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In chemistry and biology, the dilution ratio is the ratio of solute to solvent. It is often used for simple dilutions, one in which a unit volume of a liquid material of interest is combined with an appropriate volume of a solvent liquid to achieve the desired concentration. The diluted material must be thoroughly mixed to achieve the true dilution. For example, in a 1:5 dilution, with a 1:5 dilution ratio, entails combining 1 unit volume of solute (the material to be diluted) with 5 unit volumes of the solvent to give 6 total units of total volume.

This is often confused with "dilution factor" which is an expression which describes the ratio of the aliquot volume to the final volume. Dilution factor is a notation often used in commercial assays. For example, in a 1:5 dilution, with a 1:5 dilution factor, (verbalize as "1 to 5" dilution) entails combining 1 unit volume of solute (the material to be diluted) with (approximately) 4 unit volumes of the solvent to give 5 units of total volume. Note that some solutions and mixtures take up slightly less volume than their components.

The dilution factor can be expressed using exponents: 1:5 would be 5e−1 (5−1 i.e. one-fifth:one); 1:100 would be 10e−2 (10−2 i.e. one hundredth:one), and so on.

There is often confusion between dilution ratio (1:n meaning 1 part solute to n parts solvent) and dilution factor (1:n+1) where the second number (n+1) represents the total volume of solute + solvent. In scientific and serial dilution assays, the given dilution factor often means the ratio to the final volume, not to just the solvent. The factors then can easily be multiplied to give an overall dilution factor. Some have suggested that dilution factors should more clearly be written as a/total or a þ b, as the use of the colon symbol ":" is widely used to represent ratios in fields like mathematics, chemistry, or organic chemistry. Leave ratios for actual ratios 1:100 = 101. However, at this time, both dilution conventions are widely used at this time -which is why it is important for laboratory personnel to always clarify whether a "dilution ratio" or "dilution factor" ought to be used in performing dilutions.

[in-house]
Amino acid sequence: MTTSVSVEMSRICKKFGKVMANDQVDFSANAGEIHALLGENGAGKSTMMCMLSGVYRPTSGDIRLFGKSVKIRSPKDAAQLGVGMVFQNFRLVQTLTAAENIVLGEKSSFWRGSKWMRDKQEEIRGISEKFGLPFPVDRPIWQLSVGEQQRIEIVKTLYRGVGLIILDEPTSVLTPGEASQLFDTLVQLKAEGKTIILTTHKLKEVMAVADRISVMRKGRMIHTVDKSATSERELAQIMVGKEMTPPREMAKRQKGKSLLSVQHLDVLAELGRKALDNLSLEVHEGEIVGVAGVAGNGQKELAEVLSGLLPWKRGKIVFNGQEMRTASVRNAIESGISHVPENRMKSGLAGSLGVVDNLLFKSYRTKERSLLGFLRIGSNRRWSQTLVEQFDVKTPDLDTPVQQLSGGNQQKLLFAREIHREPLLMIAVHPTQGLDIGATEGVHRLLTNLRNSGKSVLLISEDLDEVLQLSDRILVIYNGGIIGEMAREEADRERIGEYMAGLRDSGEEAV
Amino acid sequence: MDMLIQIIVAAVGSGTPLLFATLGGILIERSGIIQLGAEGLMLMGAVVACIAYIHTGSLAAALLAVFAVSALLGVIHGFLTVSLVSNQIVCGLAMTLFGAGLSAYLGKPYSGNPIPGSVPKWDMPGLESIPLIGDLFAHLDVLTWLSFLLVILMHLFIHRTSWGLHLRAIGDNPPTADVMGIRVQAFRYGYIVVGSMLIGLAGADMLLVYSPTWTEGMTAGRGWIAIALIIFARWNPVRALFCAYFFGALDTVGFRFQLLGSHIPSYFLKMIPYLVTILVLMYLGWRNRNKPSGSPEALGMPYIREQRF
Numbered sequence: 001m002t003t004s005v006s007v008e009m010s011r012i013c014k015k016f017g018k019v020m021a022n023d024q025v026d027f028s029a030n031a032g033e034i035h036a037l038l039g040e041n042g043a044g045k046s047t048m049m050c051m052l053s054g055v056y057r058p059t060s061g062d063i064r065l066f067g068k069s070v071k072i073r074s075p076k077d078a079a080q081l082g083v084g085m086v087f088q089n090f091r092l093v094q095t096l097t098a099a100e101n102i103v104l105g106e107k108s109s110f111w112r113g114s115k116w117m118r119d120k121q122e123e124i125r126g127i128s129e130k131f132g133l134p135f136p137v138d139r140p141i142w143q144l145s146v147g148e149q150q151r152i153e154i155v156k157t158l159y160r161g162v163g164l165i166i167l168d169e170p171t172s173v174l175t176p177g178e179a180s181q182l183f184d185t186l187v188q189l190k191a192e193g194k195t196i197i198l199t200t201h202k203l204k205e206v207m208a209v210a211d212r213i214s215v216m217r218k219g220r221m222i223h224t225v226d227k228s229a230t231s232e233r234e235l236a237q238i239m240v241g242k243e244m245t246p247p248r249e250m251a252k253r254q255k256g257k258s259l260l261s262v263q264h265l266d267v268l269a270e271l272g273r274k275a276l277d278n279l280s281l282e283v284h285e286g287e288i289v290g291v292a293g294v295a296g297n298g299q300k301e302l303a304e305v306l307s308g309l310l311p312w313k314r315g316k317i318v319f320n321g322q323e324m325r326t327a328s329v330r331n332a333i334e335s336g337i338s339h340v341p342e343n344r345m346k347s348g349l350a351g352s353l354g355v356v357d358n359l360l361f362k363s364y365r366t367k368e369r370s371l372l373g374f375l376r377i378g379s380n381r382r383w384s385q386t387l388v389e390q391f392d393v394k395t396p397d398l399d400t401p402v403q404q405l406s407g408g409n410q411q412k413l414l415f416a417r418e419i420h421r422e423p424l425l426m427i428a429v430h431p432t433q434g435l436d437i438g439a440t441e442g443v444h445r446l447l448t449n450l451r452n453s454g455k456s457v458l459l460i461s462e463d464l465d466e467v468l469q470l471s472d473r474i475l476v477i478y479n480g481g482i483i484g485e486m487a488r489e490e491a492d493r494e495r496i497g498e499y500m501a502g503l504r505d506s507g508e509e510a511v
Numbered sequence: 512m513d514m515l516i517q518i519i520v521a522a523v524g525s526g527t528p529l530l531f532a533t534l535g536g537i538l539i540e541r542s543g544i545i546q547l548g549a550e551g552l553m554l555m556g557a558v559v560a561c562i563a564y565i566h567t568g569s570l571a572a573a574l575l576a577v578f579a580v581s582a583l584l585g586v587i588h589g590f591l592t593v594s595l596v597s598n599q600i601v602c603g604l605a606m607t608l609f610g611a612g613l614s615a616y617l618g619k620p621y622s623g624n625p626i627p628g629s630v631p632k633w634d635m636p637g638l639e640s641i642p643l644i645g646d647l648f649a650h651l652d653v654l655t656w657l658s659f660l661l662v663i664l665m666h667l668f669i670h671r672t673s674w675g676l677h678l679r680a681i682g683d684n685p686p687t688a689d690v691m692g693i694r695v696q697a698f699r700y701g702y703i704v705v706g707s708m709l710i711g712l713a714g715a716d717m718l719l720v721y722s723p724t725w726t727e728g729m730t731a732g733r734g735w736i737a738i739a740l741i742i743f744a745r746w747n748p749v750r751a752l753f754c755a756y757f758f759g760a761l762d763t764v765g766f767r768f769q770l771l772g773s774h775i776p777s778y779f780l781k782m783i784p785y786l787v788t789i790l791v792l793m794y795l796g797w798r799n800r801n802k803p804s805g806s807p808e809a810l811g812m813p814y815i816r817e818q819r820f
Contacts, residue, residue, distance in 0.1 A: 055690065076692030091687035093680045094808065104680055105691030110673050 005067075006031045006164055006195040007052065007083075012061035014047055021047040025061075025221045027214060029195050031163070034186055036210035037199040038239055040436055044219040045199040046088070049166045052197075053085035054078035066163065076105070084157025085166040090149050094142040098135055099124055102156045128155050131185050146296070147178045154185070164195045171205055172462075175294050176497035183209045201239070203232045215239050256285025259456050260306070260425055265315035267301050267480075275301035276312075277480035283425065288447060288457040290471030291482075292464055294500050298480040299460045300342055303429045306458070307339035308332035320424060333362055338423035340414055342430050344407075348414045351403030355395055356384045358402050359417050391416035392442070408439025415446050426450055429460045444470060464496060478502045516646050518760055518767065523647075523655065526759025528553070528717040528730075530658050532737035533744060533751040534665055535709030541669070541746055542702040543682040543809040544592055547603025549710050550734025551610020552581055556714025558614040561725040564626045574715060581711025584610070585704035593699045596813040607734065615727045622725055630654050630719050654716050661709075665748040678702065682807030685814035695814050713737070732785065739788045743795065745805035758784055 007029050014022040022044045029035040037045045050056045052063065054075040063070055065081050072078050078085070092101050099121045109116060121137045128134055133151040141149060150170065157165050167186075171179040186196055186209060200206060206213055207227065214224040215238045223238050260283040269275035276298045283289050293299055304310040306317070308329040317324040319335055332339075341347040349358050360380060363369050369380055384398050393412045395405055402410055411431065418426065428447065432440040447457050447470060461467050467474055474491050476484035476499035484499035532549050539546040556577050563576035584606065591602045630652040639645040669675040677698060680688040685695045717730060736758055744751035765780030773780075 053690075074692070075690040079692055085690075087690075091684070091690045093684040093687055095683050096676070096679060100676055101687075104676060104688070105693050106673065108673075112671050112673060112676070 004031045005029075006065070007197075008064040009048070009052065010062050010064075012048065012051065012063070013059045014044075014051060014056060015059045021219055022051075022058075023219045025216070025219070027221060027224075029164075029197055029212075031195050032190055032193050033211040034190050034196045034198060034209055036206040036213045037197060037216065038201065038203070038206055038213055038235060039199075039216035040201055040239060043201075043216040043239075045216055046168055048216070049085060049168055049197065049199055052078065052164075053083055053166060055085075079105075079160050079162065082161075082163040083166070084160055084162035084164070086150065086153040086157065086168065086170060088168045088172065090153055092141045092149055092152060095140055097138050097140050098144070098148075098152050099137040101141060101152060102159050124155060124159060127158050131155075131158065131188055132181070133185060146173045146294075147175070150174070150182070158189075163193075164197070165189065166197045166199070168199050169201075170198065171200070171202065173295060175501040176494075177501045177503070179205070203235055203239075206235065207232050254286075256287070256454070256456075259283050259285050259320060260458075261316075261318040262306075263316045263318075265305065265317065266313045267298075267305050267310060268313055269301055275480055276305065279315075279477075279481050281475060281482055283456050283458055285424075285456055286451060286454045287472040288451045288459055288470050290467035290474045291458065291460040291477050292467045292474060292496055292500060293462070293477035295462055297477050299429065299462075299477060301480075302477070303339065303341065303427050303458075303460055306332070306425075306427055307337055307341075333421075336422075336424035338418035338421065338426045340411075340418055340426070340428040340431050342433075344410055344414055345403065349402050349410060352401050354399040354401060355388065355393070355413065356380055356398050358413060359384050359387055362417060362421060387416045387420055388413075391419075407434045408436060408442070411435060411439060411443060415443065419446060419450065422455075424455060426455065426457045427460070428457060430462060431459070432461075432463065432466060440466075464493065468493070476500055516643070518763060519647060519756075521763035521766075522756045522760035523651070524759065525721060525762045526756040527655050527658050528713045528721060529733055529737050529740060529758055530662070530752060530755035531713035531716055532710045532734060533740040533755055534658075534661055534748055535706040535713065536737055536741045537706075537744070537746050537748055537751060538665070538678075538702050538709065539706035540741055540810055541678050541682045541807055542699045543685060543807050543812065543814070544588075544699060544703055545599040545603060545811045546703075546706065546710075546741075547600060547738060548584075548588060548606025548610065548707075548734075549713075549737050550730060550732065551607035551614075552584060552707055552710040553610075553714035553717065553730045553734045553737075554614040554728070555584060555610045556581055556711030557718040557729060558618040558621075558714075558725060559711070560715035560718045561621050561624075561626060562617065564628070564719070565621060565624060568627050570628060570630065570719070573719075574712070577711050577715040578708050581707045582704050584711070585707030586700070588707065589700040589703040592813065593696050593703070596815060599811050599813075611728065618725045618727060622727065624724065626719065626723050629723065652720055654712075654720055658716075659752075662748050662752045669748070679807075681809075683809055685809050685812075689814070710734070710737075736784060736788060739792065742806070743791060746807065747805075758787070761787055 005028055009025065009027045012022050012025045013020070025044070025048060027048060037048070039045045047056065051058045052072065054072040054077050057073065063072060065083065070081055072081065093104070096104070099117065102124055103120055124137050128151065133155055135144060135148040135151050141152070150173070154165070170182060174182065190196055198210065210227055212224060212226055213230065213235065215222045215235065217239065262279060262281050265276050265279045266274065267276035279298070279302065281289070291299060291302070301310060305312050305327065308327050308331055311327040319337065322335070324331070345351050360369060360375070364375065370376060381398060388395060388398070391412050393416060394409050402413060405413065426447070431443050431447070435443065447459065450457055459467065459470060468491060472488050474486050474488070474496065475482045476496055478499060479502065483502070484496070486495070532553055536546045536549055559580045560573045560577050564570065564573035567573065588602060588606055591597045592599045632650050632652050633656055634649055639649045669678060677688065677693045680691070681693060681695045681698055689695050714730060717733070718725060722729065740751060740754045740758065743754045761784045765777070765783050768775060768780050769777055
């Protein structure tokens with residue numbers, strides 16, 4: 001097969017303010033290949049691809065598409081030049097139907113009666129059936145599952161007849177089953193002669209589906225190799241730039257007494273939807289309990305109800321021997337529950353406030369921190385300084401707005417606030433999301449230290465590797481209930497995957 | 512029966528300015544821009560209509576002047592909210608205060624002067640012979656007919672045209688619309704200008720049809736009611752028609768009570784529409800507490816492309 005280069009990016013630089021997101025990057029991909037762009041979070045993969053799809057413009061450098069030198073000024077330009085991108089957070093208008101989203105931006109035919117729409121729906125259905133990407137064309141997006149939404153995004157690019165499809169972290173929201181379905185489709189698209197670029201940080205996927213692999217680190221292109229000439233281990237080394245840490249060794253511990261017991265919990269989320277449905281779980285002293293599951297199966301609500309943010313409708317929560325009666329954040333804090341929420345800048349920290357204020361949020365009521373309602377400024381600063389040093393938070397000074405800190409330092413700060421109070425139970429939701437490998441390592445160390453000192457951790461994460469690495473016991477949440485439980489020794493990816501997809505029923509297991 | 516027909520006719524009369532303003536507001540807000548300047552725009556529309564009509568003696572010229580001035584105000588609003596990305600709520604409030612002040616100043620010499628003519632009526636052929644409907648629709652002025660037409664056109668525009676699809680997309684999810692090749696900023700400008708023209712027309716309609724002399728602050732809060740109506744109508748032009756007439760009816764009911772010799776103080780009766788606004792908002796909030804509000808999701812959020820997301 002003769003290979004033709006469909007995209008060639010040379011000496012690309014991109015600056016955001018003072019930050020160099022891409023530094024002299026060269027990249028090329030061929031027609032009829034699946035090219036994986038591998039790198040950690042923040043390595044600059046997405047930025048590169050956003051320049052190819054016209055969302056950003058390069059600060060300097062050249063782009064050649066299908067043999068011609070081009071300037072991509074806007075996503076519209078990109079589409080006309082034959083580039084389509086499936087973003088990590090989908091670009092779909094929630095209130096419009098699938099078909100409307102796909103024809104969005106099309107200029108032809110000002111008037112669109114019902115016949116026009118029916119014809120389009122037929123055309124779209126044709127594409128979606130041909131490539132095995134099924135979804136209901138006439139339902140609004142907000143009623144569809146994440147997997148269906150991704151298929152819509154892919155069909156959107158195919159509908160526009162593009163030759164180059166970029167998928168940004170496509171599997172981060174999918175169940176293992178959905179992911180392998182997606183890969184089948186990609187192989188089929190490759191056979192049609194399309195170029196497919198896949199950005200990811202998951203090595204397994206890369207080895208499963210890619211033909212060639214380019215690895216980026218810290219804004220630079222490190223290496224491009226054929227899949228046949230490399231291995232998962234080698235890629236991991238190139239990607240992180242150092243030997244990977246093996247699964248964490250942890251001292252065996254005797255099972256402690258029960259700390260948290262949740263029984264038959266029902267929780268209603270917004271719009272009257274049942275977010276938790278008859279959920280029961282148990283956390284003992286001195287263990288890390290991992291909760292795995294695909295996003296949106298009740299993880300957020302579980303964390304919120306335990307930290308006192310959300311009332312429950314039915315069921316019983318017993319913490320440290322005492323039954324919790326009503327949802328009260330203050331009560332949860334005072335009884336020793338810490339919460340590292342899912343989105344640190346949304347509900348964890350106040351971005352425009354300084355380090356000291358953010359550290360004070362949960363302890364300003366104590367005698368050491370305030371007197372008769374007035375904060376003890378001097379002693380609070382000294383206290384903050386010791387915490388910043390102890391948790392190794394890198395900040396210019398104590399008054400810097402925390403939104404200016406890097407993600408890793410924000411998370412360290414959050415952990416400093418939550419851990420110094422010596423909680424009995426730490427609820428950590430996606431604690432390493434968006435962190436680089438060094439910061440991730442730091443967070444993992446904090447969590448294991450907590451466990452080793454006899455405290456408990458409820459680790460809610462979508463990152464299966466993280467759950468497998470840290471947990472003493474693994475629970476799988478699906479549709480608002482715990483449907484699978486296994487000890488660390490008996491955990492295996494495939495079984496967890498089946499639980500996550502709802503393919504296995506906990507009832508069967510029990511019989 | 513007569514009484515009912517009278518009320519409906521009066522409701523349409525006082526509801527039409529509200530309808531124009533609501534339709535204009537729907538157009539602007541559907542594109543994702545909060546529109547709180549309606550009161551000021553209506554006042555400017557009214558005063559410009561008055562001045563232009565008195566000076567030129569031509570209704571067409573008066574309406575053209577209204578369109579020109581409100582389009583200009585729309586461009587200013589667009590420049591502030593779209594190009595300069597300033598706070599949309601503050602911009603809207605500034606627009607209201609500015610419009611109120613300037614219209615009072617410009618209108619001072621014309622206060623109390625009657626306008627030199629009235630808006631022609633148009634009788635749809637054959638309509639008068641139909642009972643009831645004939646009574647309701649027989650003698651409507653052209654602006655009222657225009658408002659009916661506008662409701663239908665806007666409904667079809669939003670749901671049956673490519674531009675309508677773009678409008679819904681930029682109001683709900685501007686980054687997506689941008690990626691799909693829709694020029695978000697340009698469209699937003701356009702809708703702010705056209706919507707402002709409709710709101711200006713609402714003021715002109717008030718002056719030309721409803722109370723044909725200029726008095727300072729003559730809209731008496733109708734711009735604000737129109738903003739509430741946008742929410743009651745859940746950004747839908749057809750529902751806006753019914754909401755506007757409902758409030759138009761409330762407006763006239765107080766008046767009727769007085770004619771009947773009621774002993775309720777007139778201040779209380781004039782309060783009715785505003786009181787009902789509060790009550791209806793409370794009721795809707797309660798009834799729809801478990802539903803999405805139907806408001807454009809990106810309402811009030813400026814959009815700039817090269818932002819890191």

In analytical chemistry, dilution factor is always greater than 1 using equation [1] ,

or sometimes the inverse for other fields: [3]

In other areas of science such as pharmacy, and in non-scientific usage, a dilution is normally given as a plain ratio of solvent to solute. For large factors, this confusion makes only a minor difference, but in precise work it can be important to make clear which ratio is intended.


  1. ^ "Dilution Factor Chemistry".
  2. ^ "Dilution factor calculation".
  3. ^ "Mathbench serial dilution".


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